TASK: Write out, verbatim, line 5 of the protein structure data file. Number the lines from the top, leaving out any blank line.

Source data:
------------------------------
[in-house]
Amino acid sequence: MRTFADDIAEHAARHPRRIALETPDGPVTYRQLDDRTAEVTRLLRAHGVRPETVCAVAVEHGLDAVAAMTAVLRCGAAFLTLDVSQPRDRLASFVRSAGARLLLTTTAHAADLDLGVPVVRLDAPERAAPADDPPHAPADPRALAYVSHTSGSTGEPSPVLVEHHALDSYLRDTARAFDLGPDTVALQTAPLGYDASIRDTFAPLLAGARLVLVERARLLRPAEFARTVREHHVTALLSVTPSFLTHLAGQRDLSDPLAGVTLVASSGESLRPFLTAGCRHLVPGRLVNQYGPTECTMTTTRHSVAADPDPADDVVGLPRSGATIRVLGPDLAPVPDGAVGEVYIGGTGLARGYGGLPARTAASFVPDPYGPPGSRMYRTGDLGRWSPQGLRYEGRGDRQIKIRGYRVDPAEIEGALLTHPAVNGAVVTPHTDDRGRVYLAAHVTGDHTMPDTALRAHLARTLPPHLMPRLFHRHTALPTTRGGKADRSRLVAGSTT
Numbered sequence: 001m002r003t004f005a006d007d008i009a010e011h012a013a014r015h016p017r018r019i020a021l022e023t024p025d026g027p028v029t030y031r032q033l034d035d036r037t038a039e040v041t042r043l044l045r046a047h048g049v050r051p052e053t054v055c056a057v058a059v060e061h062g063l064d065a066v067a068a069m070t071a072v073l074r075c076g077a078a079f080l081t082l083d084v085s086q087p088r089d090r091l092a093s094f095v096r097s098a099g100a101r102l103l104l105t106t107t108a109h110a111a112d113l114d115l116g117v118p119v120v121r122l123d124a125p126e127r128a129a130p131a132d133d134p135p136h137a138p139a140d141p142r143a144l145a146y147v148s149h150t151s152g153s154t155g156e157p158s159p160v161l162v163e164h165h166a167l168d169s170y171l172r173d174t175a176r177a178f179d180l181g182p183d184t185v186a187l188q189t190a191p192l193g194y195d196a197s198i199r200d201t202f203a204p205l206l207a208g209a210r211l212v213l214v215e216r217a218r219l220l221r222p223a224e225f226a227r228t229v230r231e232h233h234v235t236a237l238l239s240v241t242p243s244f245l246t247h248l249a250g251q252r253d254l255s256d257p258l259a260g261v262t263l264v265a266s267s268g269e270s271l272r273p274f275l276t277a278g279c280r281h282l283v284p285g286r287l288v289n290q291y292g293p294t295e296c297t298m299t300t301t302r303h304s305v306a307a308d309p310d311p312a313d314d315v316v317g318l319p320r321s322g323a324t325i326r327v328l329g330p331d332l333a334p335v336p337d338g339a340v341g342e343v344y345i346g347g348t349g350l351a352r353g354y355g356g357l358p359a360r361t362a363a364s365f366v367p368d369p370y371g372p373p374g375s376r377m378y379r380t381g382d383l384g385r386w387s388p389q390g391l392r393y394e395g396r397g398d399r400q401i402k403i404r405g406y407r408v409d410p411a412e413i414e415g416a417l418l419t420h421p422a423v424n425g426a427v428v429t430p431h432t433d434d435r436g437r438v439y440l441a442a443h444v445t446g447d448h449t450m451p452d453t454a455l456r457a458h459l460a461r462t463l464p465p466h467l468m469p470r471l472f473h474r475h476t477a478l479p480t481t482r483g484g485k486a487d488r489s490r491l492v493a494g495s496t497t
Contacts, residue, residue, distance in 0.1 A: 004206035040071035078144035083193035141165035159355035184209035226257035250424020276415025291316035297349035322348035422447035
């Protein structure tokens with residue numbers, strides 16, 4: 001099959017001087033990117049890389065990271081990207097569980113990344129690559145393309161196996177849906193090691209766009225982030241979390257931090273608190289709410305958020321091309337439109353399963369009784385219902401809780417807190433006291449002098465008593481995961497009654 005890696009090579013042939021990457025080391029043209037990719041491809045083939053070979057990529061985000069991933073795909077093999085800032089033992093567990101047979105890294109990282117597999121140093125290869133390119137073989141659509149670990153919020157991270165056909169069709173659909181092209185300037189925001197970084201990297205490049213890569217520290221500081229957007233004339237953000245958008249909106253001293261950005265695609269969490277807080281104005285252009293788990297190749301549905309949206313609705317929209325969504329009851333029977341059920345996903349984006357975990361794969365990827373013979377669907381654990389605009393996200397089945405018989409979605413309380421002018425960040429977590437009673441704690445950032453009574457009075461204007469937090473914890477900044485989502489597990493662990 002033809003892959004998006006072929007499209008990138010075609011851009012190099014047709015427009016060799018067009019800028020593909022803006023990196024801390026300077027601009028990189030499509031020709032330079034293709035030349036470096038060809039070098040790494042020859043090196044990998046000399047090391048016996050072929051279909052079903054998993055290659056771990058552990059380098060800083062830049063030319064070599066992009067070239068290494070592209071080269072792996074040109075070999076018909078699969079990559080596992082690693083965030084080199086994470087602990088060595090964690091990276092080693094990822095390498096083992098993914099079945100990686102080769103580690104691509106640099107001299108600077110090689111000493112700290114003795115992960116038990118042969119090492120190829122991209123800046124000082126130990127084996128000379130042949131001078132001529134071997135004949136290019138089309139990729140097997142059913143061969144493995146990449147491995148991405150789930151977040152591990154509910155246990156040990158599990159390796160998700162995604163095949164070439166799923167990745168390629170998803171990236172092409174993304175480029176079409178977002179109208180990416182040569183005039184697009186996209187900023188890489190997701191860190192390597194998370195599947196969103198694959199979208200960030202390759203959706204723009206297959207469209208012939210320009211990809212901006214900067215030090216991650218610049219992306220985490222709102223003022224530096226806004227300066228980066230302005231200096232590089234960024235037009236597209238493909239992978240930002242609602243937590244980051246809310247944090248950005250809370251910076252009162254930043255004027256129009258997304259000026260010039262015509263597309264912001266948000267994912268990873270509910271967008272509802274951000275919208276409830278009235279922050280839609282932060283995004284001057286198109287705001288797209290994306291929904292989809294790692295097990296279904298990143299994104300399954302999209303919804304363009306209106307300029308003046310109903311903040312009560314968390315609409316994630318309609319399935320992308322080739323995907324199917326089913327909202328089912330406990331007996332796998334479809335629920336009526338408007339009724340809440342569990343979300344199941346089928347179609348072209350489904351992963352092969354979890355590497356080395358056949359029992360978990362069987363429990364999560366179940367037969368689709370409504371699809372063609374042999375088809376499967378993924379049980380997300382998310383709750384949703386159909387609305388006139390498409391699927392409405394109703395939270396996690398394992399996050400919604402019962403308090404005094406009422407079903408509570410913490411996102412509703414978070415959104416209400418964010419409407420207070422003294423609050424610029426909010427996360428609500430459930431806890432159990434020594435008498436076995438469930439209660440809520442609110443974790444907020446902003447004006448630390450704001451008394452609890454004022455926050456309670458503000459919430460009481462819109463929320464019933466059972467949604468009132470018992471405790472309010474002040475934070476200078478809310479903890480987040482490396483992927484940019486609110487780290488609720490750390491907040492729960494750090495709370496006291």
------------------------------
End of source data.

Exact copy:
């Protein structure tokens with residue numbers, strides 16, 4: 001099959017001087033990117049890389065990271081990207097569980113990344129690559145393309161196996177849906193090691209766009225982030241979390257931090273608190289709410305958020321091309337439109353399963369009784385219902401809780417807190433006291449002098465008593481995961497009654 005890696009090579013042939021990457025080391029043209037990719041491809045083939053070979057990529061985000069991933073795909077093999085800032089033992093567990101047979105890294109990282117597999121140093125290869133390119137073989141659509149670990153919020157991270165056909169069709173659909181092209185300037189925001197970084201990297205490049213890569217520290221500081229957007233004339237953000245958008249909106253001293261950005265695609269969490277807080281104005285252009293788990297190749301549905309949206313609705317929209325969504329009851333029977341059920345996903349984006357975990361794969365990827373013979377669907381654990389605009393996200397089945405018989409979605413309380421002018425960040429977590437009673441704690445950032453009574457009075461204007469937090473914890477900044485989502489597990493662990 002033809003892959004998006006072929007499209008990138010075609011851009012190099014047709015427009016060799018067009019800028020593909022803006023990196024801390026300077027601009028990189030499509031020709032330079034293709035030349036470096038060809039070098040790494042020859043090196044990998046000399047090391048016996050072929051279909052079903054998993055290659056771990058552990059380098060800083062830049063030319064070599066992009067070239068290494070592209071080269072792996074040109075070999076018909078699969079990559080596992082690693083965030084080199086994470087602990088060595090964690091990276092080693094990822095390498096083992098993914099079945100990686102080769103580690104691509106640099107001299108600077110090689111000493112700290114003795115992960116038990118042969119090492120190829122991209123800046124000082126130990127084996128000379130042949131001078132001529134071997135004949136290019138089309139990729140097997142059913143061969144493995146990449147491995148991405150789930151977040152591990154509910155246990156040990158599990159390796160998700162995604163095949164070439166799923167990745168390629170998803171990236172092409174993304175480029176079409178977002179109208180990416182040569183005039184697009186996209187900023188890489190997701191860190192390597194998370195599947196969103198694959199979208200960030202390759203959706204723009206297959207469209208012939210320009211990809212901006214900067215030090216991650218610049219992306220985490222709102223003022224530096226806004227300066228980066230302005231200096232590089234960024235037009236597209238493909239992978240930002242609602243937590244980051246809310247944090248950005250809370251910076252009162254930043255004027256129009258997304259000026260010039262015509263597309264912001266948000267994912268990873270509910271967008272509802274951000275919208276409830278009235279922050280839609282932060283995004284001057286198109287705001288797209290994306291929904292989809294790692295097990296279904298990143299994104300399954302999209303919804304363009306209106307300029308003046310109903311903040312009560314968390315609409316994630318309609319399935320992308322080739323995907324199917326089913327909202328089912330406990331007996332796998334479809335629920336009526338408007339009724340809440342569990343979300344199941346089928347179609348072209350489904351992963352092969354979890355590497356080395358056949359029992360978990362069987363429990364999560366179940367037969368689709370409504371699809372063609374042999375088809376499967378993924379049980380997300382998310383709750384949703386159909387609305388006139390498409391699927392409405394109703395939270396996690398394992399996050400919604402019962403308090404005094406009422407079903408509570410913490411996102412509703414978070415959104416209400418964010419409407420207070422003294423609050424610029426909010427996360428609500430459930431806890432159990434020594435008498436076995438469930439209660440809520442609110443974790444907020446902003447004006448630390450704001451008394452609890454004022455926050456309670458503000459919430460009481462819109463929320464019933466059972467949604468009132470018992471405790472309010474002040475934070476200078478809310479903890480987040482490396483992927484940019486609110487780290488609720490750390491907040492729960494750090495709370496006291």